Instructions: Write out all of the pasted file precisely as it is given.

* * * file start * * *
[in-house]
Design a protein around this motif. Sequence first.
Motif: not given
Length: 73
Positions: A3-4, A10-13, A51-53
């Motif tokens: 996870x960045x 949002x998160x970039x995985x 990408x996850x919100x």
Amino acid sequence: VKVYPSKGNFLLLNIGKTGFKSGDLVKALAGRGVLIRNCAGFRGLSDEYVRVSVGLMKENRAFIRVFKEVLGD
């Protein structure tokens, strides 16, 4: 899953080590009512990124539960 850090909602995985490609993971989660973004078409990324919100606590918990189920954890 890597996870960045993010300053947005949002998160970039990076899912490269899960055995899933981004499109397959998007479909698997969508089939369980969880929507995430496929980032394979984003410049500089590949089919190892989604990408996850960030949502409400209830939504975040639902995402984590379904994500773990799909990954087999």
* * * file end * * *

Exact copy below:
[in-house]
Design a protein around this motif. Sequence first.
Motif: not given
Length: 73
Positions: A3-4, A10-13, A51-53
């Motif tokens: 996870x960045x 949002x998160x970039x995985x 990408x996850x919100x």
Amino acid sequence: VKVYPSKGNFLLLNIGKTGFKSGDLVKALAGRGVLIRNCAGFRGLSDEYVRVSVGLMKENRAFIRVFKEVLGD
């Protein structure tokens, strides 16, 4: 899953080590009512990124539960 850090909602995985490609993971989660973004078409990324919100606590918990189920954890 890597996870960045993010300053947005949002998160970039990076899912490269899960055995899933981004499109397959998007479909698997969508089939369980969880929507995430496929980032394979984003410049500089590949089919190892989604990408996850960030949502409400209830939504975040639902995402984590379904994500773990799909990954087999």